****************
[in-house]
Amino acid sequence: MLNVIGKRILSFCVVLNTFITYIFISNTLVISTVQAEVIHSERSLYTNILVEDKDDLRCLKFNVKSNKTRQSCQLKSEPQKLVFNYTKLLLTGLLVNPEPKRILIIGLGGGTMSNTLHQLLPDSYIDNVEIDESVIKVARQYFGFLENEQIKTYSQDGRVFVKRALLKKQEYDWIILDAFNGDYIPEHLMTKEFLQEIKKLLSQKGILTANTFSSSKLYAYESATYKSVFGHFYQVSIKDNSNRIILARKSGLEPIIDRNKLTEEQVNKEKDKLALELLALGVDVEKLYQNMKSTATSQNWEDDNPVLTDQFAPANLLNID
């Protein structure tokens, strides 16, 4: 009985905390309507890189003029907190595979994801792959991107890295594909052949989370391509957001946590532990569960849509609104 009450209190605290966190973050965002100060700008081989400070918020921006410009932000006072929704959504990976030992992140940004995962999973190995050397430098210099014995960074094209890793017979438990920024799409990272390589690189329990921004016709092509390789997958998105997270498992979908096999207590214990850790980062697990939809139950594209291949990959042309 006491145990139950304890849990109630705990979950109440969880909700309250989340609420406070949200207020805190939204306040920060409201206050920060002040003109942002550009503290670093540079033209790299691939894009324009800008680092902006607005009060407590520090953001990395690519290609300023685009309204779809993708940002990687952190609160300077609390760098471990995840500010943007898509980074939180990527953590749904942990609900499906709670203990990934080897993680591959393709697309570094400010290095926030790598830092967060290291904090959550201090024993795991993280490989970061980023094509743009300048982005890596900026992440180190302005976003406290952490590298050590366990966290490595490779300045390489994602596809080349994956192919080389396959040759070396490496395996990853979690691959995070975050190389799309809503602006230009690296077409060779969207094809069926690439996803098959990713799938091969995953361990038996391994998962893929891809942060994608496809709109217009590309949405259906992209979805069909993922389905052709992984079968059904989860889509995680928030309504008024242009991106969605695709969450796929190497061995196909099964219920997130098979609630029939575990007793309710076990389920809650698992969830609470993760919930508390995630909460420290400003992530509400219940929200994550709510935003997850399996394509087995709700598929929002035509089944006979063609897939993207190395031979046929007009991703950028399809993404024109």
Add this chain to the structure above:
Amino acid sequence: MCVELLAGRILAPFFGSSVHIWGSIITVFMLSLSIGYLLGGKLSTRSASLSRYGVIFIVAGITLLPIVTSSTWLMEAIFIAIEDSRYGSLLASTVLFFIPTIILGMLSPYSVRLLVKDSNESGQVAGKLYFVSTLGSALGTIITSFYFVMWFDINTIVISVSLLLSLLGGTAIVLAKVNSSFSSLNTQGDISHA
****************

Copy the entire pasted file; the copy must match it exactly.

[in-house]
Amino acid sequence: MLNVIGKRILSFCVVLNTFITYIFISNTLVISTVQAEVIHSERSLYTNILVEDKDDLRCLKFNVKSNKTRQSCQLKSEPQKLVFNYTKLLLTGLLVNPEPKRILIIGLGGGTMSNTLHQLLPDSYIDNVEIDESVIKVARQYFGFLENEQIKTYSQDGRVFVKRALLKKQEYDWIILDAFNGDYIPEHLMTKEFLQEIKKLLSQKGILTANTFSSSKLYAYESATYKSVFGHFYQVSIKDNSNRIILARKSGLEPIIDRNKLTEEQVNKEKDKLALELLALGVDVEKLYQNMKSTATSQNWEDDNPVLTDQFAPANLLNID
């Protein structure tokens, strides 16, 4: 009985905390309507890189003029907190595979994801792959991107890295594909052949989370391509957001946590532990569960849509609104 009450209190605290966190973050965002100060700008081989400070918020921006410009932000006072929704959504990976030992992140940004995962999973190995050397430098210099014995960074094209890793017979438990920024799409990272390589690189329990921004016709092509390789997958998105997270498992979908096999207590214990850790980062697990939809139950594209291949990959042309 006491145990139950304890849990109630705990979950109440969880909700309250989340609420406070949200207020805190939204306040920060409201206050920060002040003109942002550009503290670093540079033209790299691939894009324009800008680092902006607005009060407590520090953001990395690519290609300023685009309204779809993708940002990687952190609160300077609390760098471990995840500010943007898509980074939180990527953590749904942990609900499906709670203990990934080897993680591959393709697309570094400010290095926030790598830092967060290291904090959550201090024993795991993280490989970061980023094509743009300048982005890596900026992440180190302005976003406290952490590298050590366990966290490595490779300045390489994602596809080349994956192919080389396959040759070396490496395996990853979690691959995070975050190389799309809503602006230009690296077409060779969207094809069926690439996803098959990713799938091969995953361990038996391994998962893929891809942060994608496809709109217009590309949405259906992209979805069909993922389905052709992984079968059904989860889509995680928030309504008024242009991106969605695709969450796929190497061995196909099964219920997130098979609630029939575990007793309710076990389920809650698992969830609470993760919930508390995630909460420290400003992530509400219940929200994550709510935003997850399996394509087995709700598929929002035509089944006979063609897939993207190395031979046929007009991703950028399809993404024109």
Add this chain to the structure above:
Amino acid sequence: MCVELLAGRILAPFFGSSVHIWGSIITVFMLSLSIGYLLGGKLSTRSASLSRYGVIFIVAGITLLPIVTSSTWLMEAIFIAIEDSRYGSLLASTVLFFIPTIILGMLSPYSVRLLVKDSNESGQVAGKLYFVSTLGSALGTIITSFYFVMWFDINTIVISVSLLLSLLGGTAIVLAKVNSSFSSLNTQGDISHA